What leaders like Mahatma Gandhi and Jawaharlal Nehru, with significant input from B. R. Ambedkar, have done to the populace of India was to introduce a new experience in freedom and democracy? The people of India were reeling from the oppressive rule under the British Raj and experiencing horrible discriminations from the feudalist/caste-driven policies of the powerful elites, who more often collaborated with the colonialists to control their own destiny.

Today, Kerala is considered to be a progressive state, thanks largely to the Nehruvian vision and the reform-minded local leadership in the past sixty years. However, before that period, as narrated in ‘Kerala: an overview” by Titus George, laws were extremely cruel towards the lower castes in those provinces. Like the medieval Catholic Church clergy in Europe, the upper castes enjoyed all the benefits, including tax exemption. A system of slavery was practiced with impunity, at least in the form of bonded labor and there were designated places of the auction of slaves. The landowners had the power to put their slaves to death.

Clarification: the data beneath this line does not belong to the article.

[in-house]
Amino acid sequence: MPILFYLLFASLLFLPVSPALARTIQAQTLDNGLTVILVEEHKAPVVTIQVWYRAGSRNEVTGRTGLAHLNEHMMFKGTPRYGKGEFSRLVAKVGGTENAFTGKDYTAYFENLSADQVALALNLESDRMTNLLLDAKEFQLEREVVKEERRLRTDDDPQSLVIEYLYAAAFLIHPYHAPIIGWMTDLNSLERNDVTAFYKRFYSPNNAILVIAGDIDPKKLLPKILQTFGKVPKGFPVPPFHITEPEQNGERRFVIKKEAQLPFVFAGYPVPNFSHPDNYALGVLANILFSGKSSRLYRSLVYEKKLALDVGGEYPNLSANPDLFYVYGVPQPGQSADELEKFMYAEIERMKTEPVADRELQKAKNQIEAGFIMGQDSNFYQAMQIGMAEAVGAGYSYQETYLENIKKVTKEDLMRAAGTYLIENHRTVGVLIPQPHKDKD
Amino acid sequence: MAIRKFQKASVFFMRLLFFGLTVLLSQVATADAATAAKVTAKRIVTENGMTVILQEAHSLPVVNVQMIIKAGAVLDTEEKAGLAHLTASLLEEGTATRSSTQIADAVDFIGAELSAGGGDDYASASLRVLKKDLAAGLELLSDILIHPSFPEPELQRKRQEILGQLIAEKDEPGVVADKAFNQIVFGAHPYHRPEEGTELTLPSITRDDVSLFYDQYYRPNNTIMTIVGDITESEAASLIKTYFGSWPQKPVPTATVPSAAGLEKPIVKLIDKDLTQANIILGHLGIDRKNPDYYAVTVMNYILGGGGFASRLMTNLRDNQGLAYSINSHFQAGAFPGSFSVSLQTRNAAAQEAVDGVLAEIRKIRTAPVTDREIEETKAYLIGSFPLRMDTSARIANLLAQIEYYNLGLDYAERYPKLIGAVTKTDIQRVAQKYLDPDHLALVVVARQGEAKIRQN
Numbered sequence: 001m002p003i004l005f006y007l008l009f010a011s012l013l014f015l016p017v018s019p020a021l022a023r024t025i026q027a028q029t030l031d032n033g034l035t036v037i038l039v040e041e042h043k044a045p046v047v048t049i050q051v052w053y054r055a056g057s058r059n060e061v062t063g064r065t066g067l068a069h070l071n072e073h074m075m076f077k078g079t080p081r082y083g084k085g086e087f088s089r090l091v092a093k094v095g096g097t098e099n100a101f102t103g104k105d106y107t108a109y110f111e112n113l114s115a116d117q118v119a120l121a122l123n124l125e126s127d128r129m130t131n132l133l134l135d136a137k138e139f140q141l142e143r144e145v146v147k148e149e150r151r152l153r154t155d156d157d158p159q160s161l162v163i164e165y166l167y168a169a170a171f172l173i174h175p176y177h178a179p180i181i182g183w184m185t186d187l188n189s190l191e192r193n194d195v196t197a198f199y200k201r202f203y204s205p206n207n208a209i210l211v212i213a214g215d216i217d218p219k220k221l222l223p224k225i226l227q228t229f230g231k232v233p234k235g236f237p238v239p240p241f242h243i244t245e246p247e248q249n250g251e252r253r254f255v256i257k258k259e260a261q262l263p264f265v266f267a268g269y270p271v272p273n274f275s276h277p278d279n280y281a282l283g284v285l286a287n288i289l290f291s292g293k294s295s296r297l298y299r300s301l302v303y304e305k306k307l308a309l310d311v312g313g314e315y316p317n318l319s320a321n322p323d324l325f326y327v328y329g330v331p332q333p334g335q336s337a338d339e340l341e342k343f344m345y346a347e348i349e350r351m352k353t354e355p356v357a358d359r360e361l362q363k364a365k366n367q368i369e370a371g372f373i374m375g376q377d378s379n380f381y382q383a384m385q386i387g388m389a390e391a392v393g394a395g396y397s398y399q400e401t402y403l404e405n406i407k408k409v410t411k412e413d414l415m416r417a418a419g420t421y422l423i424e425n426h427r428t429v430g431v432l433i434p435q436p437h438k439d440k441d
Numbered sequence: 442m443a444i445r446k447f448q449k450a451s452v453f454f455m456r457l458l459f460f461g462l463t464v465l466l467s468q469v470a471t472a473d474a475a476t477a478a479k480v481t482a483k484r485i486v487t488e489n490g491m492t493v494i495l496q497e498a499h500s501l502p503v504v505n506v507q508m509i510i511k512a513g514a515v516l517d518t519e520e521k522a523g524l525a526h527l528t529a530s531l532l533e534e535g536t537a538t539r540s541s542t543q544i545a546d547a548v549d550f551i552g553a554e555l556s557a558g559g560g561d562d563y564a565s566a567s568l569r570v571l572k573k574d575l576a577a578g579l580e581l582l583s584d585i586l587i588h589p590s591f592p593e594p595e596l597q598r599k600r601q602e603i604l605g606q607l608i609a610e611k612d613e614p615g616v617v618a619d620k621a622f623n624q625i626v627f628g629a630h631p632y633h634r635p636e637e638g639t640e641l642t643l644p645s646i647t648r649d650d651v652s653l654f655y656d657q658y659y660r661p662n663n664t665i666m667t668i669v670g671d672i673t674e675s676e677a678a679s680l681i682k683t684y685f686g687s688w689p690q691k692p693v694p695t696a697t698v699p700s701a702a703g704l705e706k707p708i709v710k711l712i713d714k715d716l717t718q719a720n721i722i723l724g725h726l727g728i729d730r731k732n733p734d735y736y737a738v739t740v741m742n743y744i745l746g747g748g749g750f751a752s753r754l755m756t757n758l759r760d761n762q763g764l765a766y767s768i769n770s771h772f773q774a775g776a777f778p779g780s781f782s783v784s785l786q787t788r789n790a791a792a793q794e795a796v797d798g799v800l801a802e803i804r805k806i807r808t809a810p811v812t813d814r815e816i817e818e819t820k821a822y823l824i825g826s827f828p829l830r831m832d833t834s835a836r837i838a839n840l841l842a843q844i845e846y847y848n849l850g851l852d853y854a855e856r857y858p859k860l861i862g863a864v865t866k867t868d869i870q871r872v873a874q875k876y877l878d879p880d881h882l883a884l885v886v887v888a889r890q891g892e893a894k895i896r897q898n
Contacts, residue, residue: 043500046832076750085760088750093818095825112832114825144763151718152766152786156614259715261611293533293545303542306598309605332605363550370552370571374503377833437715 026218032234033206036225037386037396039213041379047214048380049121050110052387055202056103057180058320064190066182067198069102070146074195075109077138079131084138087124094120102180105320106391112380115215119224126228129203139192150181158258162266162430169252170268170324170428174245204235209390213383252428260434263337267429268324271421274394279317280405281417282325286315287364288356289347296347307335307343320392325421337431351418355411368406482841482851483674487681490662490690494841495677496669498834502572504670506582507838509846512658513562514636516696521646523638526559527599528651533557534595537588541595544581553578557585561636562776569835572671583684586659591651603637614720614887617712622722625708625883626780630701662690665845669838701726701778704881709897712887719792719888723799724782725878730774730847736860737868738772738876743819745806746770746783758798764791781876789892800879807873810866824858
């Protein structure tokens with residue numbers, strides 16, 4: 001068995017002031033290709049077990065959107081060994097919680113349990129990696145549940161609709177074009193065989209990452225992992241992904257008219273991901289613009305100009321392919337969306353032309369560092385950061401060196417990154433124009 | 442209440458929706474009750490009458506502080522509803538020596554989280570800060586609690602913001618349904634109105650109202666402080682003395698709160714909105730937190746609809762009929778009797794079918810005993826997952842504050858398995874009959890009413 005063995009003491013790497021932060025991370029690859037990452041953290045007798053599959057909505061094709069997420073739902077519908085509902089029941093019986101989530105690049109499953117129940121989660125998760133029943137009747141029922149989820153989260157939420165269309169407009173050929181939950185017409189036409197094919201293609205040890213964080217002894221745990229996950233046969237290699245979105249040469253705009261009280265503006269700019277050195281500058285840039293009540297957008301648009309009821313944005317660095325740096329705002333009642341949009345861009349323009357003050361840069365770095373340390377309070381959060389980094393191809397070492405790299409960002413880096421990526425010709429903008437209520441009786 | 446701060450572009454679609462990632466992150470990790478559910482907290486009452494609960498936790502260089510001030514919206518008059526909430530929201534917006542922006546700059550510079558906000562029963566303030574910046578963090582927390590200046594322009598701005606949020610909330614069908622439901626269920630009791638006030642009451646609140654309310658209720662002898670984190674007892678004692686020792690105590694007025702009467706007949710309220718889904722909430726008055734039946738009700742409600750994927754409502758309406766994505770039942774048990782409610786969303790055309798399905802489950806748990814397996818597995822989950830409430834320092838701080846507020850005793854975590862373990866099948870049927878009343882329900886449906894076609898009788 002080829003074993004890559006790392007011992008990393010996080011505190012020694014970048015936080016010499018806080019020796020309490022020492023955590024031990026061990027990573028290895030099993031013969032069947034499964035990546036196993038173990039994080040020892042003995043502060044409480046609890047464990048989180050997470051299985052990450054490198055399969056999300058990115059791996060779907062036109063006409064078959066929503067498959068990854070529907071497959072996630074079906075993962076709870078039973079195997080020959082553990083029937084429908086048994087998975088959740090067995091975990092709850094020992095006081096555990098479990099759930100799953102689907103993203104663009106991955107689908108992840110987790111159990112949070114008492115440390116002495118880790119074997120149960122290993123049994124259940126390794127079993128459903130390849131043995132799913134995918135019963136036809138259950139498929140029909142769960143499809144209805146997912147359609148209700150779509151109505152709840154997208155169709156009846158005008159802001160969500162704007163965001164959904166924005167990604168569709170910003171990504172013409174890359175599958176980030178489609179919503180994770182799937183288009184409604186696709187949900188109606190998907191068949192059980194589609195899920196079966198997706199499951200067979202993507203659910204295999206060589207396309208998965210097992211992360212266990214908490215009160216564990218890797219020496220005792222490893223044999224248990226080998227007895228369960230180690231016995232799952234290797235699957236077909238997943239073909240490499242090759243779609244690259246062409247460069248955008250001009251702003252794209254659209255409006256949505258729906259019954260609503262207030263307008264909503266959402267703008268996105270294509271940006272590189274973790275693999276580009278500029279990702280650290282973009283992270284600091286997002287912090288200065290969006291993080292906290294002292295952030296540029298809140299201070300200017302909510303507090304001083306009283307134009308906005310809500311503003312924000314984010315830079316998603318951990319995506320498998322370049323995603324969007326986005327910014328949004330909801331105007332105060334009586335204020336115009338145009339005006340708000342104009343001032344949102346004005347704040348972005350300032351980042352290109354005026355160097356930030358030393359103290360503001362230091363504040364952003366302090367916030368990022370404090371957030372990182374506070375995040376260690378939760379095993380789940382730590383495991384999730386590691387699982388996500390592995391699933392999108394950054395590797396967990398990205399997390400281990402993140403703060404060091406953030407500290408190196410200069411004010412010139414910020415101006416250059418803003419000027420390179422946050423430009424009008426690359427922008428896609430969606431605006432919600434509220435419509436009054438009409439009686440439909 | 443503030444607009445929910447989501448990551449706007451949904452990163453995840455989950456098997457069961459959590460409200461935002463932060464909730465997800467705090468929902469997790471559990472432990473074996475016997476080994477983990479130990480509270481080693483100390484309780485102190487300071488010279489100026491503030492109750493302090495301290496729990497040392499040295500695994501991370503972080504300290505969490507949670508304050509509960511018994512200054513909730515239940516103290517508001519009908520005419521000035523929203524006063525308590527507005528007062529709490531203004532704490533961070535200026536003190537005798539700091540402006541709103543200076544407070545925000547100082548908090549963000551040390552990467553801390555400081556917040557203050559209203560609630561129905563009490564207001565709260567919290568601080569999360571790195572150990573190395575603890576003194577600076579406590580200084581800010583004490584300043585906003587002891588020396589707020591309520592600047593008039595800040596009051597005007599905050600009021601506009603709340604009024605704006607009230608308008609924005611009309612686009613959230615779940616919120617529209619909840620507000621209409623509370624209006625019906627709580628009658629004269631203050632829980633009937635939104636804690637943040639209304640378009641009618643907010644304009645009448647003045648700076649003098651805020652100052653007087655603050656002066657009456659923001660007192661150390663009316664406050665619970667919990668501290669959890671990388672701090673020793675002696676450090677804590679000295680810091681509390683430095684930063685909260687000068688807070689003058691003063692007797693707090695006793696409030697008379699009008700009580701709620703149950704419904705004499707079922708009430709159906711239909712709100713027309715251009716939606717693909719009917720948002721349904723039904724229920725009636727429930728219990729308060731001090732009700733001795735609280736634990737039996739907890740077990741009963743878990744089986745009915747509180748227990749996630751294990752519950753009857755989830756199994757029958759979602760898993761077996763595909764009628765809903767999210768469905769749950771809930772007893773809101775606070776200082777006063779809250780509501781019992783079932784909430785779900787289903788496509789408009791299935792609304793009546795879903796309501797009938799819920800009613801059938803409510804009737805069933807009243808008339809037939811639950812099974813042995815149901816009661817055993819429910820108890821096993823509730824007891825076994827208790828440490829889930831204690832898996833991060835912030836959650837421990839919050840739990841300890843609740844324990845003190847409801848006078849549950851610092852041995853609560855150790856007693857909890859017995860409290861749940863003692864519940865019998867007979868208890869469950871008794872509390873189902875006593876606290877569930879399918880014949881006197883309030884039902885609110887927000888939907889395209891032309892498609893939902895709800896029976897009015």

The Brahmins enjoyed immunity from the death penalty, and after all, they have made the laws and applied them differently to different castes. Lower castes were subjected to the death penalty for theft and cow slaughter offenses. Capital punishment took the forms of being trampled to death by an elephant, being blown from the mouth of a cannon,  by hanging which lasted three days (Chitavadam), and by mutilation. Most tenants could not keep cows, wear fine clothes, live in a gilded house, use metal utensils, wear gold ornaments, or travel in trains or automobiles. Violators were often severely punished with fines.